Present Perfect - Phrasal verb: (to) cut down on Vocabulary better still
- this is better, i.e.
not so crowded.by the way
- Yes, we could go shopping this afternoon or, better still, go this evening when the town is
- to introduce a new topic into the conversation, i.e.
- …so we had a lovely afternoon on the beach. By the way, would you like to come over for dinner on Saturday?
- (colloquial) to talk, i.e.
(to) cut down on
- I had a chat with Sally today. She's got a new job.
- (phrasal verb) to reduce, i.e.
- I must cut down on chocolate; I'm eating too much.
- what the listener has said is crazy and / or impossible, i.e. - Dad, you're going to lend me a hundred pounds.
- Dream on, son.
- definitely not, (possibly rude if you don't know the person well) i.e. - We're going scuba diving, do you want to come?
- No way, I'm a bad swimmer. on average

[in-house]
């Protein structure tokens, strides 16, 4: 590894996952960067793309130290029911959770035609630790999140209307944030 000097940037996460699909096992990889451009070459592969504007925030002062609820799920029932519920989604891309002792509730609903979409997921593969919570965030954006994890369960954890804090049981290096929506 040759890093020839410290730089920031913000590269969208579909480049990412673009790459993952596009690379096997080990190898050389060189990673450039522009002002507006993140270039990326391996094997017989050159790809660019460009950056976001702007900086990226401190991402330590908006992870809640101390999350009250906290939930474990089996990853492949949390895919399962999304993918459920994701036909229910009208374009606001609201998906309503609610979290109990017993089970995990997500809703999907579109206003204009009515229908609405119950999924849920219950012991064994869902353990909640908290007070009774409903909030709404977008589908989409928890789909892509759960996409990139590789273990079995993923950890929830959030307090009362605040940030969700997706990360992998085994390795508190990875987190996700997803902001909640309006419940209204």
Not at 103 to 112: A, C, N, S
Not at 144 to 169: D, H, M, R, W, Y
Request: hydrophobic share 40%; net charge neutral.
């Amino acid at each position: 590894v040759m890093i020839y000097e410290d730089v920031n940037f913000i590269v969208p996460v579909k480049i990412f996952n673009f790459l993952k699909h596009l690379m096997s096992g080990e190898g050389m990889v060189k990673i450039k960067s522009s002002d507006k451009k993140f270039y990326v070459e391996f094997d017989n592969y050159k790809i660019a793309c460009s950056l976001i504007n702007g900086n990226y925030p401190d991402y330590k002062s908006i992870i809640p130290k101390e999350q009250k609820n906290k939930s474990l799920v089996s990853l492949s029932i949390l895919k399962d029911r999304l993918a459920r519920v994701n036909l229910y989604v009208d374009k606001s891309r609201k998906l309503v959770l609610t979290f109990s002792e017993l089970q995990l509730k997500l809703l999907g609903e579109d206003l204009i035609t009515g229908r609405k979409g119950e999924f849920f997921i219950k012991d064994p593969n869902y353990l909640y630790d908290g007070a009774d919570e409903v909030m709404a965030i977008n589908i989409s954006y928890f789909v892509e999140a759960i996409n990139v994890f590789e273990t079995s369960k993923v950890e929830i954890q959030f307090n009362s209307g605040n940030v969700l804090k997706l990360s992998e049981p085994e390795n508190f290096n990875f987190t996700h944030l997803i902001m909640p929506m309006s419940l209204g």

- the average, i.e.
the fact of the matter is
- In the UK 15-16 year olds, on average, spend 4.8 hours a day online.
- the truth is, (often used in argument) i.e.
- I'm sorry I'm late, the bus was late.
- The fact of the matter is your company promised a fifteen percent discount and is now offering only ten.
- I don't want your excuses, the fact of the matter is you're always late. If you're late again
you'll have to look for another job.(to) set a limit
- to decide on a limit, a boundary, i.e.
- We should set a limit on TV time for the childen. I suggest one hour a day, two at weekends.